Columns » Ernest Dumas

The scandal at Justice

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If the cases of Bud Cummins, Carol Lam and David Iglesias do not merit an obstruction-of-justice investigation of the attorney general and the White House, what about the case of Daniel Bogden, who was considered the very model of a United States attorney until his bosses decided last fall to fire him and trash his reputation?

You know the story of Cummins, the sturdy Arkansas prosecutor who kept his counsel like a loyal Bushie after the White House had him fired to make way for J. Timothy Griffin, a Karl Rove acolyte. A threatening phone call from the Justice Department loosened Cummins’ tongue. Cummins had investigated the Republican governor of Missouri last spring on assignment when Missouri district attorneys recused, and he was told that he was being fired soon after refusing (for a time anyway) an improper request from the governor’s attorney to publicly exonerate his man before a general election in which Republicans faced a rout. U.S. attorneys are not supposed to make public comments like that on investigations.

Lam was prosecuting Republican Congressman Randy “Duke” Cunningham and Bush administration operatives for corruption in California when she was targeted for firing. Iglesias’s work in New Mexico was so top-notch that the Justice Department was grooming him for promotion until the state’s Republican senator and a congresswoman in a close race with a Democrat complained to the Bush administration that Iglesias would not speed an indictment of Democratic officials before the election to help Republicans.

But mild-mannered Dan Bogden may represent worse treachery. Bogden was known as a publicity-shy but unusually tough prosecutor who went after public corruption diligently but carefully. Like Cummins, he might have been unusually careful in a probe of the rising Republican governor in his state. And like Cummins, Bogden loyally chose to say nothing after his firing in December. That changed when Attorney General Alberto Gonzales swore to Congress that there was no politics behind Bogden’s dismissal and that of seven other U.S. attorneys.

“He raises his right hand and he says this isn’t political, this isn’t political, this isn’t political, and I knew damn well it was political,” Bogden recalled to a Nevada newspaper. Bogden was taught to take oaths seriously. When he had inquired around the Justice Department about why he was fired, an associate to Gonzales told him that they wanted to put an ambitious Republican in the office to give him visibility for a run for political office in 2008.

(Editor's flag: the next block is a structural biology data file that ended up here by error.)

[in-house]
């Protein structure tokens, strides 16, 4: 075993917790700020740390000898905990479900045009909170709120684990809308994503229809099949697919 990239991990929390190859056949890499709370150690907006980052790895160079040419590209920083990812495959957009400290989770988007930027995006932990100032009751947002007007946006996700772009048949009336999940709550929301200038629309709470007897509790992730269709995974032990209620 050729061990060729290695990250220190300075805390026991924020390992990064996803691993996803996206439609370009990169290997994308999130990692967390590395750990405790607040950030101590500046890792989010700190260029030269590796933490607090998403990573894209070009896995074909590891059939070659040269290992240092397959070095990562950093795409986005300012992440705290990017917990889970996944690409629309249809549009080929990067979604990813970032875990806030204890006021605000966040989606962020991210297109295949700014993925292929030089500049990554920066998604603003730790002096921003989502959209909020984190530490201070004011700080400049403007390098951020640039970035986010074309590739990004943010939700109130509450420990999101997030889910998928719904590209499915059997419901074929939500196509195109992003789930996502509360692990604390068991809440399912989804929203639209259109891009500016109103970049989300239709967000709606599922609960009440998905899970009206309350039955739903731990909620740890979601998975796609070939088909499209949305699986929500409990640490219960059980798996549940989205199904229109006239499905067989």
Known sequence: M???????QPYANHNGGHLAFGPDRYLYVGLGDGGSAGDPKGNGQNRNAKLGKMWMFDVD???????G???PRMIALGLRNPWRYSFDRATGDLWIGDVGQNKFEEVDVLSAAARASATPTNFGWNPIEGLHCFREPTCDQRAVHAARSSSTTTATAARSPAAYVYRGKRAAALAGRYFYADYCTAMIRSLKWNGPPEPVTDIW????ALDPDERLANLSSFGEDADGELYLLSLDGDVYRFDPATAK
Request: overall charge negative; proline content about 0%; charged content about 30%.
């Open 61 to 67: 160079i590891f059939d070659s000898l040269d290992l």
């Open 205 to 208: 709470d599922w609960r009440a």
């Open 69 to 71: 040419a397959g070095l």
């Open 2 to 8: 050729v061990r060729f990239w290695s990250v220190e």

His first notice of his dismissal from his direct boss at the Justice Department was that “we want to move the office in another direction.”

Last week provided a little more evidence that the new direction was away from an investigation of Gov. Jim Gibbons, a former congressman who was close to the Bush administration and who had questionable dealings with federal contractors. Gibbons was under investigation last year when he won a razor-thin race for governor.

While the investigation of Gibbons in the Nevada district attorney’s office seems to have subsided with Bogden’s dismissal, it has picked up elsewhere. The Wall Street Journal reported last week that the FBI was presenting evidence against Gibbons to a District of Columbia grand jury. A defense company hired Gibbons’ wife as a consultant at the same time that it got secret no-bid federal contracts with Gibbons’ help when he was a congressman and member of the Armed Services and Intelligence committees.

The majority owner of the little Reno business, eTreppid Technologies, was a big campaign contributor to Gibbons and the former chief trader for Michael Milken, who was convicted of securities fraud in Wall Street’s biggest insider-trading scandal.

The dirty business began to spill out last year when a former business partner sued the contractor over ownership of valuable software algorithms and alleged that the congressman helped the company win contracts from the departments of Defense and Homeland Security. The congressman took gifts, including jet flights, a Caribbean cruise and casino chips plus $90,000 in campaign donations from firms the contractor held. Then-Congressman Gibbons got his contractor friend access to key men in the federal contracting business like Asa Hutchinson, the undersecretary of transportation and border security at Homeland Security.

Do you smell another Duke Cunningham?

Gibbons was sworn in as governor of Nevada a few weeks after Bogden’s firing. After only three months in office amid unfolding scandal and a demonstrated ineptness at governing that mirrors the Bush administration, Bogden’s approval ratings in Nevada are the same as Bush’s, about 28 percent, and there is talk of recall when the time threshold is met. The White House as yet has not found an ambitious young Republican to take Bogden’s place.

So let’s hear again how Bush’s district attorney firings are no different from Bill Clinton’s replacement of U.S. attorneys in 1993.

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